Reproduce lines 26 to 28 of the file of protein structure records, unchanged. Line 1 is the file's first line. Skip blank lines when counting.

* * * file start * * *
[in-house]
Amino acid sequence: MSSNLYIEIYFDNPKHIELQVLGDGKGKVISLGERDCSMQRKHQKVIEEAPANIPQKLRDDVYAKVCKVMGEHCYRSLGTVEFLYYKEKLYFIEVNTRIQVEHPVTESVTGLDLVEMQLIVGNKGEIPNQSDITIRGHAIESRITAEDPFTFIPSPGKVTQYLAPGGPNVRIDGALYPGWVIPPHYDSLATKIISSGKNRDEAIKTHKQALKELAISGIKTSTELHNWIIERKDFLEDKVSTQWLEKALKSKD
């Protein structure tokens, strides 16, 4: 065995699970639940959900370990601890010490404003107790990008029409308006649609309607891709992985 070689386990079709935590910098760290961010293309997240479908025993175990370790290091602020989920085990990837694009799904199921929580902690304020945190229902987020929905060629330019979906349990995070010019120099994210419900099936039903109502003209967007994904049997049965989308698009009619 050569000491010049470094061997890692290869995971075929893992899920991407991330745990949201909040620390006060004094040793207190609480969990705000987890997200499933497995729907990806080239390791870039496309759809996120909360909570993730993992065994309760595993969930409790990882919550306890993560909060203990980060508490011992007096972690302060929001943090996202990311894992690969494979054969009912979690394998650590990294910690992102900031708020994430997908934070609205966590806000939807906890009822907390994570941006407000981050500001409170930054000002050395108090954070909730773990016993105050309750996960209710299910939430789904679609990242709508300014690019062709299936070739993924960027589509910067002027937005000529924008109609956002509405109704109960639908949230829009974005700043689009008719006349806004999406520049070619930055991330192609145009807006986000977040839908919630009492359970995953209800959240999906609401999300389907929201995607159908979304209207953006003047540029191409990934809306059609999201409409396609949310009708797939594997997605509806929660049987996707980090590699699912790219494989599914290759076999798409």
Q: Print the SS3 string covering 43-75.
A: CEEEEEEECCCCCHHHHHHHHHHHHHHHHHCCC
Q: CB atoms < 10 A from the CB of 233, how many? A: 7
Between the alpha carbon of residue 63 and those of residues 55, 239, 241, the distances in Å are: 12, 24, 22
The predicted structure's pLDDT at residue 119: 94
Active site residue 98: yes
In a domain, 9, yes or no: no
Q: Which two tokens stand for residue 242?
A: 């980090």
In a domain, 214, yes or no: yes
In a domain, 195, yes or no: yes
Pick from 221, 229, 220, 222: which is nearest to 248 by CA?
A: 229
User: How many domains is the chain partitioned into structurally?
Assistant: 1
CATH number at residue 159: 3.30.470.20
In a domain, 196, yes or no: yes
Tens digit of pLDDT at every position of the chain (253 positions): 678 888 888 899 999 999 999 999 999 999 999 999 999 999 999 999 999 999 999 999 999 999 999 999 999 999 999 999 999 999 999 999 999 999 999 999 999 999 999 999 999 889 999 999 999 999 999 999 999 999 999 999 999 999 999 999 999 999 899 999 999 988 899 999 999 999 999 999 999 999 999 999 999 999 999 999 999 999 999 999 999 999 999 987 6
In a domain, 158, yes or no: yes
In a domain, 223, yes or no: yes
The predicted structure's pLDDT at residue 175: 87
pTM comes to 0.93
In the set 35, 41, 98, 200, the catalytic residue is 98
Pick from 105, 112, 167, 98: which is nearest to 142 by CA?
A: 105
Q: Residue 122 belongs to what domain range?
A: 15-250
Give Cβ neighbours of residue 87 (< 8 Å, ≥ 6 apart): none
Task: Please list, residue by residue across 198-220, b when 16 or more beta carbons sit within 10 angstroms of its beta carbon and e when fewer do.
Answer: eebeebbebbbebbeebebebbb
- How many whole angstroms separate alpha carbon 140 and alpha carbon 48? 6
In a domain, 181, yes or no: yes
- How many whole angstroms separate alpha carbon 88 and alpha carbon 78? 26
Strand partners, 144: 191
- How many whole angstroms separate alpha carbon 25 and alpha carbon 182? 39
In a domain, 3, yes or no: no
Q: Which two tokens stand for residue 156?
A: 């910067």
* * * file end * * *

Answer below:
In the set 35, 41, 98, 200, the catalytic residue is 98
Pick from 105, 112, 167, 98: which is nearest to 142 by CA?
A: 105